Copper inventories extend a drop to the lowest level in almost 10 years, while aluminum holdings also fell and nickel inventories climbed, according to weekly data from Shanghai Futures Exchanges.
Copper -11% to 61,838 tons, lowest since Dec. 2011
Aluminum -1.6% to 228,529 tons, lowest since Dec.
Lead +3.3% to record 204,008 tons
Nickel +45% to 8,608 tons, following a more than 30% gain the previous week
The realisation that contagion risk in the property sector could bring down the whole economy has refocused the attention of the Chinese administration on easing up on liquidity tightening measures. That has helped to stabilise the high yield sector and is also helping to improve the outlook for industrial resources.
Copper continues to extend its rebound from the psychological $4 area and a sustained move below that level would be required to question medium-term scope for continued upside.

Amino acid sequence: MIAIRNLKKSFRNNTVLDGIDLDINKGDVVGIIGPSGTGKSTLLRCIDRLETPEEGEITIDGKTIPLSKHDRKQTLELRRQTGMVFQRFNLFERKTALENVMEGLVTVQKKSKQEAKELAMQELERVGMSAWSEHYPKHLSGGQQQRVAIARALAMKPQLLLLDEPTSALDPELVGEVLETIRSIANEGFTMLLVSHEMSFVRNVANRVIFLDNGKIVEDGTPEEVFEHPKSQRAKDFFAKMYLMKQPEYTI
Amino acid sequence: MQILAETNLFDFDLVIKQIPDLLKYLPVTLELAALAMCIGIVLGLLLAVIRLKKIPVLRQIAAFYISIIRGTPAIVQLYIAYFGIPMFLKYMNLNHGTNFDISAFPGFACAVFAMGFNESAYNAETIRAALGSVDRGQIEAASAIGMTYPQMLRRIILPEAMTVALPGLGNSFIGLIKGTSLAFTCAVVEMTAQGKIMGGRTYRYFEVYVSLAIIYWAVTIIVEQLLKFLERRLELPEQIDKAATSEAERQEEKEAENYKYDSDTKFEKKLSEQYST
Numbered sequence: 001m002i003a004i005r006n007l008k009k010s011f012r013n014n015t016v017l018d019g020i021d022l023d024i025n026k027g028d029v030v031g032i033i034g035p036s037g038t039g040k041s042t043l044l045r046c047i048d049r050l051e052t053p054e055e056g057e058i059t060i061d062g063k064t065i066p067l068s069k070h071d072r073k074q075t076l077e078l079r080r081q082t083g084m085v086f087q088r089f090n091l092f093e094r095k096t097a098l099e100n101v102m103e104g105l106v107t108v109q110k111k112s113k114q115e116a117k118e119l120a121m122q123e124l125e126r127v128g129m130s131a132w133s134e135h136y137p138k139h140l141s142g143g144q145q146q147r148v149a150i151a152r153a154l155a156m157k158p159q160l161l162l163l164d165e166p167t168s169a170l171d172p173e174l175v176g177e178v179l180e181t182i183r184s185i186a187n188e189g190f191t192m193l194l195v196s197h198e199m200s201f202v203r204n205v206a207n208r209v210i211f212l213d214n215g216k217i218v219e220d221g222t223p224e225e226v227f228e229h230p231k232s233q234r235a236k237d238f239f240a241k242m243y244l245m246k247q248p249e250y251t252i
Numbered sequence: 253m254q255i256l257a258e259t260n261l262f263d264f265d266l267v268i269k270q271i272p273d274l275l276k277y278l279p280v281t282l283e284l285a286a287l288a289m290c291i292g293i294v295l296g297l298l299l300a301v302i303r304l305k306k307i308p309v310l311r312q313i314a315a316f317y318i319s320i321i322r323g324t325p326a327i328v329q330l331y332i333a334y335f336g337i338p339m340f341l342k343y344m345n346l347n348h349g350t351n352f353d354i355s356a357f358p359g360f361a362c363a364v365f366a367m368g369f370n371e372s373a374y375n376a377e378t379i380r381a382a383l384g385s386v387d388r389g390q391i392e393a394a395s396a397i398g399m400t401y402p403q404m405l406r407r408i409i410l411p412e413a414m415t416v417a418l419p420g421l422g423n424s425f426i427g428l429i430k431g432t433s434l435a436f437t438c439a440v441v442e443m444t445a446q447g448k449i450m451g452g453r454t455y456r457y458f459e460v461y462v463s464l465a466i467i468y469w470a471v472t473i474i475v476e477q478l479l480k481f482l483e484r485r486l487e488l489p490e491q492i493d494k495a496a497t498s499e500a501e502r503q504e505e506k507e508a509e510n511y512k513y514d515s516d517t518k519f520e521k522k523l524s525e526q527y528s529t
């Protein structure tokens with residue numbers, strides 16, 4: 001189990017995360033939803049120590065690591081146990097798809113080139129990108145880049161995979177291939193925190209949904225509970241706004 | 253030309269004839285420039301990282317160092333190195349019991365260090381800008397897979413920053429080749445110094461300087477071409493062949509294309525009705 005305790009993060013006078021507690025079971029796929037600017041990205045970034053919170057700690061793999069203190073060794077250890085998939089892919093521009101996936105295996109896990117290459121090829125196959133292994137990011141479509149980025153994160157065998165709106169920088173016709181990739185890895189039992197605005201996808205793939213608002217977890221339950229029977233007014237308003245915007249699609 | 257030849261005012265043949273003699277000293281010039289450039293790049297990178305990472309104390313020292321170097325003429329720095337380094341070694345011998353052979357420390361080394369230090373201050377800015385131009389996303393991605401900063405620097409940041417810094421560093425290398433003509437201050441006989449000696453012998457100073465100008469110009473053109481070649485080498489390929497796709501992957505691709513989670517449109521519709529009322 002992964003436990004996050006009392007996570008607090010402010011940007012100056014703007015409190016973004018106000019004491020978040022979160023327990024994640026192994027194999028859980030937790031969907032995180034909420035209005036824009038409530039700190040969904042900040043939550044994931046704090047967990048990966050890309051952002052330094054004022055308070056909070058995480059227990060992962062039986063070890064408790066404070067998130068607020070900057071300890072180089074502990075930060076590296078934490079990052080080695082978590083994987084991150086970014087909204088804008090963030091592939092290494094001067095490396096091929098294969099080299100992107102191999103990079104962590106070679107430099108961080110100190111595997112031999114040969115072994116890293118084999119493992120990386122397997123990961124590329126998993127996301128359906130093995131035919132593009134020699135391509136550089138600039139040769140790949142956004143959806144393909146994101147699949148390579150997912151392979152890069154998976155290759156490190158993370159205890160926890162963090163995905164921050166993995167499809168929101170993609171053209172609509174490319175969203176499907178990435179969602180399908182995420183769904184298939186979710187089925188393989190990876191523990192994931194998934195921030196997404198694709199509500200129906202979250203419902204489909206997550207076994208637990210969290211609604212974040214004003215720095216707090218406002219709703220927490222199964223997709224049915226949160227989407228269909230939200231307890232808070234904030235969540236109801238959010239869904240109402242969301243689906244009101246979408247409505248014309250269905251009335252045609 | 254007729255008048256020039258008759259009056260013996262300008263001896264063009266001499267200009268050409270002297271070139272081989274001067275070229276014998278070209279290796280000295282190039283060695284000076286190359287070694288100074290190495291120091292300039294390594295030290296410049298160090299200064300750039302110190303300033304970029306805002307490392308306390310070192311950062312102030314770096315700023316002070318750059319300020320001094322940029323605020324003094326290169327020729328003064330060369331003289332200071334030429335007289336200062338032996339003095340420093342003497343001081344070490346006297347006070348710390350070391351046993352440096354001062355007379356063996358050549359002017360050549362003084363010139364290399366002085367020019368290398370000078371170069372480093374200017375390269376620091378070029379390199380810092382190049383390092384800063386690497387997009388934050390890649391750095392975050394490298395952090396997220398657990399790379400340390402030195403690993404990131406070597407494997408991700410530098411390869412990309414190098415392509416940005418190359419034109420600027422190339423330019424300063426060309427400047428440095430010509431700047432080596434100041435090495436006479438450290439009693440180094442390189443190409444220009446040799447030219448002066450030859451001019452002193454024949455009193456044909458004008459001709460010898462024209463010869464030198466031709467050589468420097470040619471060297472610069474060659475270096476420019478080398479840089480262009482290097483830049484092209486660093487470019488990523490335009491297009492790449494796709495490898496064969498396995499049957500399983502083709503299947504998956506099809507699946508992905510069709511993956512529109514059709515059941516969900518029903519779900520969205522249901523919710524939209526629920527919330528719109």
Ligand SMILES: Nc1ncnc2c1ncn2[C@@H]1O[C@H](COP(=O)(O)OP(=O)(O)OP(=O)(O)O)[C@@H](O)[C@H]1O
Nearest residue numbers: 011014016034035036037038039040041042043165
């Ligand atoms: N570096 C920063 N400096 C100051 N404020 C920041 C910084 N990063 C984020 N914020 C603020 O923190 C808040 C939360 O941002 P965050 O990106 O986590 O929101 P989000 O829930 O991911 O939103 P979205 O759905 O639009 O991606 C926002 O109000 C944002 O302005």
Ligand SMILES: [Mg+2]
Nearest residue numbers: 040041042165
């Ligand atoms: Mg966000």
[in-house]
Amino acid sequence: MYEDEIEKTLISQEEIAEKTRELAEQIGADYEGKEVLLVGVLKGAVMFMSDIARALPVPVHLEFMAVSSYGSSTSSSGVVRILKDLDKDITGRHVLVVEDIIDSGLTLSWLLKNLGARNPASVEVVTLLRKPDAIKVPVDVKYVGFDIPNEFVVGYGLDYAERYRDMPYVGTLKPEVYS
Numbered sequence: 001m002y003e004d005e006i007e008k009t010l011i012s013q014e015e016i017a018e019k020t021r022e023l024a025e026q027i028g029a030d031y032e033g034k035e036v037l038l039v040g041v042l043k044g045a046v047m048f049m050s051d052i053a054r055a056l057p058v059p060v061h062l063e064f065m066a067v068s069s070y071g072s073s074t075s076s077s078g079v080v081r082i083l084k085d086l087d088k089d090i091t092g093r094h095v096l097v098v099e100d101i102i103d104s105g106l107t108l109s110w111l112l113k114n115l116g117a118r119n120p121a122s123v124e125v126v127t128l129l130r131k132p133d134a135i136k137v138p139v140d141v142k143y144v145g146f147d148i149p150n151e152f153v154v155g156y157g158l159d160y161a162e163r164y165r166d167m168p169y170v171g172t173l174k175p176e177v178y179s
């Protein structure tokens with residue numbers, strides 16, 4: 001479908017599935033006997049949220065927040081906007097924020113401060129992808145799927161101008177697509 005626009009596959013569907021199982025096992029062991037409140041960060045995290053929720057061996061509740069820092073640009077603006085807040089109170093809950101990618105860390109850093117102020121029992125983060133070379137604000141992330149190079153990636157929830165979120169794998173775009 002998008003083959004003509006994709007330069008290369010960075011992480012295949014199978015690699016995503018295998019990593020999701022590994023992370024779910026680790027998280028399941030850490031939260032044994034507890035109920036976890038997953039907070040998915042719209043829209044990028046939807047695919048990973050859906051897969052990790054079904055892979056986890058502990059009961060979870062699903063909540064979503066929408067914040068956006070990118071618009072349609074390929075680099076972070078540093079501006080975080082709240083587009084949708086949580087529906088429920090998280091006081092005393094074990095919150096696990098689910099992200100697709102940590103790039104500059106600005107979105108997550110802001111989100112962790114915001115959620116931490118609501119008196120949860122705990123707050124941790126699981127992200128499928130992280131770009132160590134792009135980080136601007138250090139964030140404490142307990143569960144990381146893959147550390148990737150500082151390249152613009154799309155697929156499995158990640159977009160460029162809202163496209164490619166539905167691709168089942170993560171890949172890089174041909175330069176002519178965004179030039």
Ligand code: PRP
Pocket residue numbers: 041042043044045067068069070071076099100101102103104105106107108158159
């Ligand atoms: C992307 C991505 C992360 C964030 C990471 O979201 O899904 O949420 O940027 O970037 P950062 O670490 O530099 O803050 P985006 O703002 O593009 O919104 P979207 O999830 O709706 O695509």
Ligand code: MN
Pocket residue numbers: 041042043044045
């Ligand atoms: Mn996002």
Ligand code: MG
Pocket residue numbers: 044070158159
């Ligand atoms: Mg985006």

The political tailwinds continuing to support renewable energy infrastructure and electric vehicles. We can argue about the wisdom, or indeed the effectiveness, of this gambit but the political will to fund recalibration of the energy sector with carbon credits is unlikely to change any time soon. That’s positive for copper, nickel, lithium and cobalt.
This promotional video from Goehring and Rozencwajg makes the solid argument that renewables are much less energy intensive and inefficient than fossil fuels but no one in government is listening. However, investors are beginning to express greater interest in nuclear.
Nickel continues to extend its break above the psychological $20,000 as it completes is lengthy base formation.
Lithium continues to accelerate higher and is now approaching the peaks put in between 2016 and 2018.
Cobalt also remains on a recovery trajectory.
The Global X Lithium & Battery Tech ETF remains in a reasonably consistent uptrend.